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A Galapagos Land Based Itinerary

For many visitors, a cruise is a popular way to see the marvellous Galapagos islands. There are lots of options available, from bigger ships (up to around 100 passengers) to smaller motor yachts. But what if cruising isn’t for you? Mitch is a pathetic sailor and gets incredibly seasick, even on seas that aren’t very rough. We had long wanted to visit the Galapagos but were put off for a long time by the prospect of travelling in boats. Sleeping in a bed that didn’t move was a high priority! So we explored options for a Galapagos land based itinerary.

While it is possible to take a predominantly land based trip to the Galapagos we do recommend some boat excursions as there are many islands to visit and each has different characteristics and a diverse array of wildlife. There are quite a few that are reachable within a couple of hours’ boat journey from the large island of Santa Cruz so it is possible to do a number of day trips, which means you can explore some of the other islands without spending too much time on a boat. It is possible to fly between some of the islands (Baltra, which serves Santa Cruz, San Christobal and Isabela) but flight prices can be expensive, luggage size restrictive and the flight times aren’t always reliable.

Galapagos Land Based Itinerary

Where Are The Galapagos?

The Galapagos are an archipelago in the Pacific Ocean and a province of Ecuador. Located around 1000km from the west coast of Ecuador, these volcanic islands are located in the Pacific Ring of Fire and formed over several millions of years due to the immense volcanic activity in the area. They are still geologically active, with some 13 active volcanoes.

Naturalist Charles Darwin visited the Galapagos islands in 1835 on the second voyage of the Beagle and his study of the local finches formed the basis of his work The Origin of the Species. He observed that the finches from each island had noticeable variations in the development of their beaks due to the different types of food available and variation in the living conditions. This led to him developing the theory of evolution.

Galapagos Land Based Itinerary

The islands are rightly famous for their unique wildlife. What is magical about visiting the Galapagos is that the animals haven’t learned to fear humans so you can get really close to them. In fact, you really have to look out to make sure you don’t accidentally step on an iguana! The Galapagos were established as a national park in 1959 and the wildlife and ecosystems are fiercely protected. They are a UNESCO world heritage site.

We made our own way to the Galapagos via Ecuador’s capital, Quito, but found a local company that could arrange excursions for us. We recommend booking hotels and day trips in advance of travel to be sure of getting a place on the tours.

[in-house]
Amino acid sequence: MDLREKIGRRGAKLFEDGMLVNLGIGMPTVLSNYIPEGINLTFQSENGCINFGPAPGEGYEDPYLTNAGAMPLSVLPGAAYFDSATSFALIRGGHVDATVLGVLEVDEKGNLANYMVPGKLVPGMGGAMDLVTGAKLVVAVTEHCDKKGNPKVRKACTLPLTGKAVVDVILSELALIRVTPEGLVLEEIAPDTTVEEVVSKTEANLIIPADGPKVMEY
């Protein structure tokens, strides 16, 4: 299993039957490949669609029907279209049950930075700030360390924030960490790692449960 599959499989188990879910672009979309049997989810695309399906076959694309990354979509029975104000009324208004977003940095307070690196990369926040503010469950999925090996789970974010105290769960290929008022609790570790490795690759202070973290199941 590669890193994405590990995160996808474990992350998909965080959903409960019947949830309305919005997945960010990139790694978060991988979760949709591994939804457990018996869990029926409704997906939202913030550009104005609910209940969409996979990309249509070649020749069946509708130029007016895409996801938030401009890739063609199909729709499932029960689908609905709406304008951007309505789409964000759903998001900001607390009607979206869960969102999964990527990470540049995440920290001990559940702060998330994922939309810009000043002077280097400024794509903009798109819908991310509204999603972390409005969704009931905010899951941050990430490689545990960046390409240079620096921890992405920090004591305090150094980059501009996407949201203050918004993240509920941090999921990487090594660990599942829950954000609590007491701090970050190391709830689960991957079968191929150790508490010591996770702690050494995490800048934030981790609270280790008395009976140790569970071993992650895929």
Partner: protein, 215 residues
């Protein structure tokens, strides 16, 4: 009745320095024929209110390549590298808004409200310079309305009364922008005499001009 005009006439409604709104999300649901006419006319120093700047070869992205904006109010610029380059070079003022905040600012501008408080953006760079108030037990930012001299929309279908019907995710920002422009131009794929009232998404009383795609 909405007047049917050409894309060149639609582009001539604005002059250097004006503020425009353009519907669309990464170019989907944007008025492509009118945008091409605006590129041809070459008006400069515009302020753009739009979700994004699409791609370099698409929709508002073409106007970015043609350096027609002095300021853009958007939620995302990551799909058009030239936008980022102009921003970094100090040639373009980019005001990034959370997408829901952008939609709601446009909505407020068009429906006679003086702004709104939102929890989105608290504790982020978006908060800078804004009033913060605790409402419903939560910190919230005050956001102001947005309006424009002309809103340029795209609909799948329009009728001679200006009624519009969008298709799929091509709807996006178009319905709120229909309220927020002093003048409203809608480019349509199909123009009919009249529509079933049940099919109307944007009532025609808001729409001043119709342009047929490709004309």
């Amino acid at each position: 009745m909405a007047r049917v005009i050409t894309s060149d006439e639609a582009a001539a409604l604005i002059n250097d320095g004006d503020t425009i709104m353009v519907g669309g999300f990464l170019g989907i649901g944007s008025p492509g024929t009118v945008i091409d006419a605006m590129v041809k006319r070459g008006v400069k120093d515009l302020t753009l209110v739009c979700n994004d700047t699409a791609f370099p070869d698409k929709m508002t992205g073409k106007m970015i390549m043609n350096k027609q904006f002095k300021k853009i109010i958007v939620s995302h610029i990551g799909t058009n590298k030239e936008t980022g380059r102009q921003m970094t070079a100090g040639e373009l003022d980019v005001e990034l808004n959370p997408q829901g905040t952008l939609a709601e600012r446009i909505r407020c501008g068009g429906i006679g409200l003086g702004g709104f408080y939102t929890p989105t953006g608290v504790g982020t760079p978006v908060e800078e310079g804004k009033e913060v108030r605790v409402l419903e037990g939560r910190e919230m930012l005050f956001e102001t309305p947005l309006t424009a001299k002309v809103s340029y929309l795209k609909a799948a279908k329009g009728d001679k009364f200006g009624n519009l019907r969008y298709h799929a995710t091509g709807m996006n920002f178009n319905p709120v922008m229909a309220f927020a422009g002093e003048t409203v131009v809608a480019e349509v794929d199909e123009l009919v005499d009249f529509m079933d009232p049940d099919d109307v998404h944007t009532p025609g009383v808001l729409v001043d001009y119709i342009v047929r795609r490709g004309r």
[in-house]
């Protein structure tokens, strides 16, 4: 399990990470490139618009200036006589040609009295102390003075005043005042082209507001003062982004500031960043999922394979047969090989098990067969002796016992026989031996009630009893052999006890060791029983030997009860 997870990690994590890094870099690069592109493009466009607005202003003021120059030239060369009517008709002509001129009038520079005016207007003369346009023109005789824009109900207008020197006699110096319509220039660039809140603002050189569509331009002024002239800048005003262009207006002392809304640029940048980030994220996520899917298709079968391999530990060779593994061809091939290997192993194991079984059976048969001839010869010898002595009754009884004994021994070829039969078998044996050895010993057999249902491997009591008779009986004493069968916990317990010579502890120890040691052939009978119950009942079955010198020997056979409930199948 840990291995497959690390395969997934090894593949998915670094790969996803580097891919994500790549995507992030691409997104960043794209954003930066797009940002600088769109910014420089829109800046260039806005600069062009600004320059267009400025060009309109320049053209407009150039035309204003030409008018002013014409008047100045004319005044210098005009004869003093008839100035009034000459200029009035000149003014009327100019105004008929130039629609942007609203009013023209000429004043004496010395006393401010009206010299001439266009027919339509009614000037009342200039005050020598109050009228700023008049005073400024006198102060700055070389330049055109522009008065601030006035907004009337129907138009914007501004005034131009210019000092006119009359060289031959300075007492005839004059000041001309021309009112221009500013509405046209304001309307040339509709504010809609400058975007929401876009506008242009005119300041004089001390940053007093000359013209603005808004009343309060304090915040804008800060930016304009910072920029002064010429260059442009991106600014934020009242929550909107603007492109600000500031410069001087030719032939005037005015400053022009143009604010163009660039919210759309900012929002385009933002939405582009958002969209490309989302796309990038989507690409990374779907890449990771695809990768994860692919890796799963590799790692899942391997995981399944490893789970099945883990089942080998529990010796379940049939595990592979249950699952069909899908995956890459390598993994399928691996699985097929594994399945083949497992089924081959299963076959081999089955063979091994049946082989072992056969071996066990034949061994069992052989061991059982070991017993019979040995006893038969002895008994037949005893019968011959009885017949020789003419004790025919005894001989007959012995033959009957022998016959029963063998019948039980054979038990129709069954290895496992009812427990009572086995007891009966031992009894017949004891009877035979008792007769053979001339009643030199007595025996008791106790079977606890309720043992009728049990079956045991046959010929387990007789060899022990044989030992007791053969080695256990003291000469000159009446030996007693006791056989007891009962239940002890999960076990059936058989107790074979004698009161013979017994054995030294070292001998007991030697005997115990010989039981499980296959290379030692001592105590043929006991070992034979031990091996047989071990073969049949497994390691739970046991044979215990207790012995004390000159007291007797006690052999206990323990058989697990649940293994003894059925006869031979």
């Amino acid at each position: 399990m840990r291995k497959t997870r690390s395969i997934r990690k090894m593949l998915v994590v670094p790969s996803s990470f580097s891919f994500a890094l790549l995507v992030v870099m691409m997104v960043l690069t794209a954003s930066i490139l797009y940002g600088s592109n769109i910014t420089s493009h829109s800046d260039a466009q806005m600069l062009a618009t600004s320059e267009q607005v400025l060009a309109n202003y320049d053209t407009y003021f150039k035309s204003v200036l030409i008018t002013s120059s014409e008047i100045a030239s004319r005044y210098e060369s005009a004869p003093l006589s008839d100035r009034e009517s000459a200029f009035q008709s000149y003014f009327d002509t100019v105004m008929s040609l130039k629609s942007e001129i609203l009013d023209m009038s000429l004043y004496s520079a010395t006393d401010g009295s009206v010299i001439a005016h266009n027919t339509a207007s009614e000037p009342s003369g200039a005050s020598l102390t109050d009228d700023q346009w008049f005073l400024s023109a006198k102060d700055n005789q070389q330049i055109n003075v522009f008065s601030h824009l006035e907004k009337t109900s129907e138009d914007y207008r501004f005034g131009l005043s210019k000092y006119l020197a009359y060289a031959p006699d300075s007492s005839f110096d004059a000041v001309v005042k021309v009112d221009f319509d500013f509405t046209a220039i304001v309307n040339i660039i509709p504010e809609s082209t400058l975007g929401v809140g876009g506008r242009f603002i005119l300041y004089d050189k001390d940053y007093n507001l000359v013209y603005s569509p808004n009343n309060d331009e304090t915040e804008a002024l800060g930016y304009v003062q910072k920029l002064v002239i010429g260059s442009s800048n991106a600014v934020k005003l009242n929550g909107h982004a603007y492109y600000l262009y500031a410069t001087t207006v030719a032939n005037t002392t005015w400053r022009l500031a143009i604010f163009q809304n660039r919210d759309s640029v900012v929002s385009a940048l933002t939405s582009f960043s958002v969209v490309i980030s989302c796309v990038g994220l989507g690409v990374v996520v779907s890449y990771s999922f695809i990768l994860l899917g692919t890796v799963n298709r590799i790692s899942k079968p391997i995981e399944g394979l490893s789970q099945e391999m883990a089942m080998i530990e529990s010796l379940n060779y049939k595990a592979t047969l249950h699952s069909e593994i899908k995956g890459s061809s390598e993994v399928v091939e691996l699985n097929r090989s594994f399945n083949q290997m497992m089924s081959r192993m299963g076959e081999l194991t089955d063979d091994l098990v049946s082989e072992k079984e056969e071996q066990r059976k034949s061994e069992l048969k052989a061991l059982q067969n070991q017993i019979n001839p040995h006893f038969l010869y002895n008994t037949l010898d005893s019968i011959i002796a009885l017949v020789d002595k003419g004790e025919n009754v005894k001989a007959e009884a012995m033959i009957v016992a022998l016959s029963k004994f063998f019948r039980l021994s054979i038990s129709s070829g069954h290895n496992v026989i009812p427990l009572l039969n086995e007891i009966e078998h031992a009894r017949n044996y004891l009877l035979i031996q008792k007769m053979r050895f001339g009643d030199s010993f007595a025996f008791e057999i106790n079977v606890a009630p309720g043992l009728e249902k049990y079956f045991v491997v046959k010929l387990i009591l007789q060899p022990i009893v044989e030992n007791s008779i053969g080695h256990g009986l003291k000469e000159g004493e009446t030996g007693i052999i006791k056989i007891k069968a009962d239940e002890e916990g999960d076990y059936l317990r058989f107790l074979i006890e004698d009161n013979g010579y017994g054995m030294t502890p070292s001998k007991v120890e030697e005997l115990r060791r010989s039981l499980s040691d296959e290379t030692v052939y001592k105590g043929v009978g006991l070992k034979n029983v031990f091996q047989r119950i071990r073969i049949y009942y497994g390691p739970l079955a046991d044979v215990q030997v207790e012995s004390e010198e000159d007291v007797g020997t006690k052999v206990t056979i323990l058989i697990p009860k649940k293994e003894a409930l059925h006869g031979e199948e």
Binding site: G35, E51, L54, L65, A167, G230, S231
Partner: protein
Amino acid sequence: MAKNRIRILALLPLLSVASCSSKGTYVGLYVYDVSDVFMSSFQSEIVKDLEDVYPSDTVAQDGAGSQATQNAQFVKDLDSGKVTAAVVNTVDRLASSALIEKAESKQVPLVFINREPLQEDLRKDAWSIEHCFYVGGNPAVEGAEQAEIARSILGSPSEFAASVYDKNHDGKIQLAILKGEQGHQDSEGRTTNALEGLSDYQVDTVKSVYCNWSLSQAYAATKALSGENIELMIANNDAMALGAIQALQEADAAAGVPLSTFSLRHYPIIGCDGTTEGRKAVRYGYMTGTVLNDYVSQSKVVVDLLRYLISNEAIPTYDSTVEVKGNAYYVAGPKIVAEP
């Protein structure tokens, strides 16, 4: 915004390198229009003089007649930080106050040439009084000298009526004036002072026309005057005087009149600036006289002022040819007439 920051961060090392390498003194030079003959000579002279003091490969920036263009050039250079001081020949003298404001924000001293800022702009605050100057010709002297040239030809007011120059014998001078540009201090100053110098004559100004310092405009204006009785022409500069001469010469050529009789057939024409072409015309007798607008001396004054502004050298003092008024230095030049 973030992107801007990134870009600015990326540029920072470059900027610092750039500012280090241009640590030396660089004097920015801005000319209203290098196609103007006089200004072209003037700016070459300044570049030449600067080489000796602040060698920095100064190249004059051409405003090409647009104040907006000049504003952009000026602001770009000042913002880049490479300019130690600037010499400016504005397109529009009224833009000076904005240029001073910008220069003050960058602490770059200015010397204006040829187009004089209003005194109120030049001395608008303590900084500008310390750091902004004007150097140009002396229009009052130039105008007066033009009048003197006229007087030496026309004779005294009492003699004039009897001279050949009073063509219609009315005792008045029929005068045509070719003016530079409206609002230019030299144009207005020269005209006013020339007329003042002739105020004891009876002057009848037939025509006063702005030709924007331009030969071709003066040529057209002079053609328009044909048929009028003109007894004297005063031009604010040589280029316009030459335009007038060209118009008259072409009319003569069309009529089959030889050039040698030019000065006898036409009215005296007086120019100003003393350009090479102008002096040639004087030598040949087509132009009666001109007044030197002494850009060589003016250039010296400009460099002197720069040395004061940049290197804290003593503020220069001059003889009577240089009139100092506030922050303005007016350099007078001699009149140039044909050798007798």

Most people fly into the Galapagos from mainland Ecuador, either Quito or Guayaquil. There are airports on Baltra and San Christobal. Before leaving the domestic terminal your luggage will be checked for restricted items by Tourist Control and Certification. This will cost $20 US.

The aim of this check is to protect the wildlife of the Galapagos. Therefore it is important to ensure that you aren’t carrying any animal products, plants or seeds into the islands. It’s inadvisable to bring food. Pre-wrapped snacks will probably be okay but don’t bring things like sandwiches with meat/cheese products.

We flew into Baltra airport. On arrival you will go through immigration and pay the $100 entrance fee.

Luggage usually isn’t collected straight away – when we arrived the whole plane’s worth of luggage was placed inside the terminal building and no one was allowed to pick up their bags until a sniffer dog had had a really good snuffle to smell for restricted items. After the security guards give the okay, it then turns into a bit of a scrum as everyone dives for their possessions. It’s definitely worth waiting for the chaos to subside.

Then everyone boards a coach which transports you across the stark island of Baltra to a ferry for a very short journey across the Itacaba channel to Santa Cruz. The crossing takes around 5-10 minutes. Then it’s a 45 minute bus ride to the main town of Puerto Ayora. After a quick lunch, we headed directly to the port to catch a boat to Isabela.

Galapagos Land Based Itinerary: A Couple of Days on Isabela

Isabela is the largest island and also the youngest, a mere one million years old. We had arranged a couple of nights there, travelling from Puerto Ayora on Santa Cruz. This was the worst boat journey and, frankly, it was an endurance. The total travel time is a couple of hours but it was the most bumpy we experienced. When the crew handed out sick bags to all the passengers we knew the trip was going to be rough. And indeed it was. Mitch became reacquainted with her lunch as we bounced across the relentless waves.